The Faith Today Inter
Mark Vander Vennen (MV) is executive director of Shalem Mental Health Network, a faith-based network providing mental health support and resources to individuals, families and
communities. Vander Vennen spoke to senior
editor Karen Stiller (FT) about what mental
health means for a Christian, when to go for
therapy, and how Christians can stop saying inappropriate things to each other during
rough times. By Karen Stiller
FT: Mark, what is good mental health?
MV: My definition of good mental health is that we have
a coherent autobiographical narrative. By that I mean
we can access any time or event in our life for review
and conversation, even the hard times and the traumas,
without getting triggered by them. That says to me we’ve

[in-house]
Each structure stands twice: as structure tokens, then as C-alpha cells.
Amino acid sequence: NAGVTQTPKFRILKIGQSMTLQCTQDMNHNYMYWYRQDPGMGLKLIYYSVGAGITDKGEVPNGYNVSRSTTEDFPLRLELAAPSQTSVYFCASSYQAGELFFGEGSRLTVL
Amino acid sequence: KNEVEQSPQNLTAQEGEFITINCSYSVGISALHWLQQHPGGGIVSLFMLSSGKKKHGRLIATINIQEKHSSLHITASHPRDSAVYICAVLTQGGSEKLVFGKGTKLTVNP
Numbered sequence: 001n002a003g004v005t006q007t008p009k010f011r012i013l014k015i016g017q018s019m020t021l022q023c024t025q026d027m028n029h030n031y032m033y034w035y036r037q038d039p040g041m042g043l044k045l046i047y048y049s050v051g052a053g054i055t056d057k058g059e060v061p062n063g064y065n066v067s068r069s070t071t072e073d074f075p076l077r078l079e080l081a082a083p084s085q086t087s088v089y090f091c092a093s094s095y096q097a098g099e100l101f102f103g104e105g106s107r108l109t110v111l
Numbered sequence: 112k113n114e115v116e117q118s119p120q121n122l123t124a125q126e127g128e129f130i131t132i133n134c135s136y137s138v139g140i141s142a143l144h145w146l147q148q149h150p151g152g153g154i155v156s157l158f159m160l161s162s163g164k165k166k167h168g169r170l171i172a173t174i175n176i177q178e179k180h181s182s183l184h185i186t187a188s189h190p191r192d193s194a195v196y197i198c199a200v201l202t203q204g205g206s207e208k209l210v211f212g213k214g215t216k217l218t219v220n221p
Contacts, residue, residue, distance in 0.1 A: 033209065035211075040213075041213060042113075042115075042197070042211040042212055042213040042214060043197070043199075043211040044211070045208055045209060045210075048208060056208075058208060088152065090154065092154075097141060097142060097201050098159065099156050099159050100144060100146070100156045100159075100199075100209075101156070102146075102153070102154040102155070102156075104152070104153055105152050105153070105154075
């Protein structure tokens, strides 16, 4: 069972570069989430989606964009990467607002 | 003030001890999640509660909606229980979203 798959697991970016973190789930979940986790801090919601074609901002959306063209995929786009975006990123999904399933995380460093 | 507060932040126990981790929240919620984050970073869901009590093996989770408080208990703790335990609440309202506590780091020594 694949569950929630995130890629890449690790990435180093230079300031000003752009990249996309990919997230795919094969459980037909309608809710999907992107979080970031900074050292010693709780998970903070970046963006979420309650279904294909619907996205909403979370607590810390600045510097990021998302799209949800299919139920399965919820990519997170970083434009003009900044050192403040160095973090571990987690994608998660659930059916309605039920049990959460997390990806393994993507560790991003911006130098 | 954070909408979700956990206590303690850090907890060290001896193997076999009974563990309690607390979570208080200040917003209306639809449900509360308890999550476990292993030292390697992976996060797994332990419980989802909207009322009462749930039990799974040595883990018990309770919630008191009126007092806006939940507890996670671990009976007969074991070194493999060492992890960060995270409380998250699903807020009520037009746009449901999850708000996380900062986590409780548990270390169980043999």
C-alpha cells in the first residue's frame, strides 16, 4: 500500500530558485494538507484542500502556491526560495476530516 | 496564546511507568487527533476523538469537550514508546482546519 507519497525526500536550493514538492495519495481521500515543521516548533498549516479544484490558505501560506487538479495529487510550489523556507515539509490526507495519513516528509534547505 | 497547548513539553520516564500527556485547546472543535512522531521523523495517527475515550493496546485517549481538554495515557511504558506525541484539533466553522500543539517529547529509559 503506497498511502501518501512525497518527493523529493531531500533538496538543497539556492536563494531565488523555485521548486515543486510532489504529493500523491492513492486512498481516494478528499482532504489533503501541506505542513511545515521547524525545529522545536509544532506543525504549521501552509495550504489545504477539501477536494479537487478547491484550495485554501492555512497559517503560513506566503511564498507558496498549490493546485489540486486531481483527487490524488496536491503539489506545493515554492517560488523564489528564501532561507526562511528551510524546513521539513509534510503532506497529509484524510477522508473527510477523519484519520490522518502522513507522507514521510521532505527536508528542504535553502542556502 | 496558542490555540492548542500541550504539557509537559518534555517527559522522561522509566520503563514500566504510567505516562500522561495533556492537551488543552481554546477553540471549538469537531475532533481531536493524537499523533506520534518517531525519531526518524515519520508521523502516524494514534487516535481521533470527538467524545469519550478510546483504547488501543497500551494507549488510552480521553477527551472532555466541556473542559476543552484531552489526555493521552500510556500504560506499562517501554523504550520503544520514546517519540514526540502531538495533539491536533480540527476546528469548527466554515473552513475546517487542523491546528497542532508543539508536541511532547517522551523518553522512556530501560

been able to work through the difficulties in our life, and
they are not interfering with how we function now.
Good mental health is also very
relational. It’s about relationships.
It’s being able to have healthy ones
where we can be honest with each
other and express emotion safely. As
humans we are hardwired for relationships. We need them as much
as we need oxygen and food, it’s that
primal a need. That’s how God has
FT: When I think of relationships
and mental health, I think right away of the family as a
place where we are both hurt and healed.
MV: Families are definitely places of hurt and healing. If
we’ve grown up in a family where abuse has happened,
or we’ve been the victims or witnessed violence between
our mom and dad, then the family is not such a great
place of healing. Sometimes Christians and churches can
put undue pressure on people to reconcile in those cases
when that’s just not in the cards and only causes more
On the other hand, families are places of healing, and
that can happen even where those hard circumstances
have happened. We learn how to do relationships in
family. It’s how we learn how to deal with the other
gender in some ways.